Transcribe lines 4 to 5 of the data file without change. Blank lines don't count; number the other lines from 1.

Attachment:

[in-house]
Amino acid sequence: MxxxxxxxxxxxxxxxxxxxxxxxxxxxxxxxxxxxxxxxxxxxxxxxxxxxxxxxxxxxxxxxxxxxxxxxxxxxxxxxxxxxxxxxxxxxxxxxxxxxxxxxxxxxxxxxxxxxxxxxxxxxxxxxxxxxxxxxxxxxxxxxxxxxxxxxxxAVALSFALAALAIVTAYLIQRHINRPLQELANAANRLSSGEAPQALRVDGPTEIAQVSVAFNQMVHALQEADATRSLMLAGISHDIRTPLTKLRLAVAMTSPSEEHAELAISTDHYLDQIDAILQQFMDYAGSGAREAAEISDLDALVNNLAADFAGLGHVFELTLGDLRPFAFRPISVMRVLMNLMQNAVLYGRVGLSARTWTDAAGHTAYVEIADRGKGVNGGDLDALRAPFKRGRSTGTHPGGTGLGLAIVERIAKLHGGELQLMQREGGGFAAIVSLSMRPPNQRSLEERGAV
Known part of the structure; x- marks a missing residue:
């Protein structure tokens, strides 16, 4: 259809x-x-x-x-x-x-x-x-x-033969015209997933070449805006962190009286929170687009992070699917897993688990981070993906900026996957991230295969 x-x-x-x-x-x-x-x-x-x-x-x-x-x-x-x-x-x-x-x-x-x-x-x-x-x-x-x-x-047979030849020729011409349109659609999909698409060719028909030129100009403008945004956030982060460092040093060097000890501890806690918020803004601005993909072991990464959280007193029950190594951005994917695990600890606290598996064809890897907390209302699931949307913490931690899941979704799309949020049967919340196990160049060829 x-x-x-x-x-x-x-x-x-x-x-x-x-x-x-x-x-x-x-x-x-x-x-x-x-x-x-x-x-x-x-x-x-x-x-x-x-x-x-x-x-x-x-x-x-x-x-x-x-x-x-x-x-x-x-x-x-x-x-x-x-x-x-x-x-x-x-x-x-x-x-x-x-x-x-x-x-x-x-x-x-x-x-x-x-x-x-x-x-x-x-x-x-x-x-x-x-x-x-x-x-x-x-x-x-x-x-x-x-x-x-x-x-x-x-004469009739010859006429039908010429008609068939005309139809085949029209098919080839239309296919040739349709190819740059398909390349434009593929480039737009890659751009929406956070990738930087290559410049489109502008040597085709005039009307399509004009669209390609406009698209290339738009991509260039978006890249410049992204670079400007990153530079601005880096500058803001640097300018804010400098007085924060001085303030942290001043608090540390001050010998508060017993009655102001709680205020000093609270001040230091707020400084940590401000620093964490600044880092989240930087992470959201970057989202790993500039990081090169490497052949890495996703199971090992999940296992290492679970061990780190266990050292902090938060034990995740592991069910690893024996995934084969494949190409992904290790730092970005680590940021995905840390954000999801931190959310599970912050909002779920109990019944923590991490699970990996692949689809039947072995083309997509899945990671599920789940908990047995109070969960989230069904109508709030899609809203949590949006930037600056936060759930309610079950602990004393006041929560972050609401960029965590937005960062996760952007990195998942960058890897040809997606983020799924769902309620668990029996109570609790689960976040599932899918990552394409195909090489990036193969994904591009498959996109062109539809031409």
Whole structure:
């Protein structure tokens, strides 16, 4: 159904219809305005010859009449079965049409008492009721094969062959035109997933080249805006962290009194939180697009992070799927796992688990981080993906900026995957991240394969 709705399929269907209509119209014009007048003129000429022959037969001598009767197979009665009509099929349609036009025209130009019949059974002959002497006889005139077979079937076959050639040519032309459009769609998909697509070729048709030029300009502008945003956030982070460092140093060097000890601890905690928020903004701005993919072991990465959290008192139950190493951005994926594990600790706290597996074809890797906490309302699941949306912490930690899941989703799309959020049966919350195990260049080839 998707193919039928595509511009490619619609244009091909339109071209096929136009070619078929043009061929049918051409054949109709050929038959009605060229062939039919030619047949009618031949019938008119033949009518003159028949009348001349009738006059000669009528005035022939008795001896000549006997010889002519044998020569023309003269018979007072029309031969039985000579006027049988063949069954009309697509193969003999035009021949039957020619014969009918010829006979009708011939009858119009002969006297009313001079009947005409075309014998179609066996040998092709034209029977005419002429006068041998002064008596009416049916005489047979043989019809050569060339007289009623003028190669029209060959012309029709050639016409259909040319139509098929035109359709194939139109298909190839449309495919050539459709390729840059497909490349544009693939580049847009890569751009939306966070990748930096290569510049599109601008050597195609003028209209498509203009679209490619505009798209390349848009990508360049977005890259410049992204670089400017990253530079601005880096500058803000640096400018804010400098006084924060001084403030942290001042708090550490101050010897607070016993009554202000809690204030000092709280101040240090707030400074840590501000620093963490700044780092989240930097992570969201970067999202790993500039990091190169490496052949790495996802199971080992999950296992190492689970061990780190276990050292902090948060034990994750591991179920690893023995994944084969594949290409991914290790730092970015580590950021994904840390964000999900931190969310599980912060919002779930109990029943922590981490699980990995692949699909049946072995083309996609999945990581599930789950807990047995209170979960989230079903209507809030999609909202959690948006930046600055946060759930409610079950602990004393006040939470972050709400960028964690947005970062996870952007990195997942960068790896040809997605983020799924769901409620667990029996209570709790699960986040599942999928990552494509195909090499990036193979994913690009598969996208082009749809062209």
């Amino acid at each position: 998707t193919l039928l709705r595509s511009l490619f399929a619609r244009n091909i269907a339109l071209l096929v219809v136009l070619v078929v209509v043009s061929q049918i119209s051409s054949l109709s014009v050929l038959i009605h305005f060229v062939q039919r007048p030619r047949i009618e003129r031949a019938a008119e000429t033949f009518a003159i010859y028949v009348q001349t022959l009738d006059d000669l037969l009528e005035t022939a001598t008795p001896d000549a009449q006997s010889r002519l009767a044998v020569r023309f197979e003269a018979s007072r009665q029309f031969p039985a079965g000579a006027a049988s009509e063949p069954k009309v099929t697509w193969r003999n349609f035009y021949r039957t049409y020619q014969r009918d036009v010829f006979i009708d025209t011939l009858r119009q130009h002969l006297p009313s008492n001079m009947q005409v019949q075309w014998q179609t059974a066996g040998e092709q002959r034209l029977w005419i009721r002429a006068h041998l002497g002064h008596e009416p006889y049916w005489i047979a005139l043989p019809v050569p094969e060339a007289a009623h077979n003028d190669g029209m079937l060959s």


């Protein structure tokens, strides 16, 4: 259809x-x-x-x-x-x-x-x-x-033969015209997933070449805006962190009286929170687009992070699917897993688990981070993906900026996957991230295969 x-x-x-x-x-x-x-x-x-x-x-x-x-x-x-x-x-x-x-x-x-x-x-x-x-x-x-x-x-047979030849020729011409349109659609999909698409060719028909030129100009403008945004956030982060460092040093060097000890501890806690918020803004601005993909072991990464959280007193029950190594951005994917695990600890606290598996064809890897907390209302699931949307913490931690899941979704799309949020049967919340196990160049060829 x-x-x-x-x-x-x-x-x-x-x-x-x-x-x-x-x-x-x-x-x-x-x-x-x-x-x-x-x-x-x-x-x-x-x-x-x-x-x-x-x-x-x-x-x-x-x-x-x-x-x-x-x-x-x-x-x-x-x-x-x-x-x-x-x-x-x-x-x-x-x-x-x-x-x-x-x-x-x-x-x-x-x-x-x-x-x-x-x-x-x-x-x-x-x-x-x-x-x-x-x-x-x-x-x-x-x-x-x-x-x-x-x-x-x-004469009739010859006429039908010429008609068939005309139809085949029209098919080839239309296919040739349709190819740059398909390349434009593929480039737009890659751009929406956070990738930087290559410049489109502008040597085709005039009307399509004009669209390609406009698209290339738009991509260039978006890249410049992204670079400007990153530079601005880096500058803001640097300018804010400098007085924060001085303030942290001043608090540390001050010998508060017993009655102001709680205020000093609270001040230091707020400084940590401000620093964490600044880092989240930087992470959201970057989202790993500039990081090169490497052949890495996703199971090992999940296992290492679970061990780190266990050292902090938060034990995740592991069910690893024996995934084969494949190409992904290790730092970005680590940021995905840390954000999801931190959310599970912050909002779920109990019944923590991490699970990996692949689809039947072995083309997509899945990671599920789940908990047995109070969960989230069904109508709030899609809203949590949006930037600056936060759930309610079950602990004393006041929560972050609401960029965590937005960062996760952007990195998942960058890897040809997606983020799924769902309620668990029996109570609790689960976040599932899918990552394409195909090489990036193969994904591009498959996109062109539809031409």
Whole structure: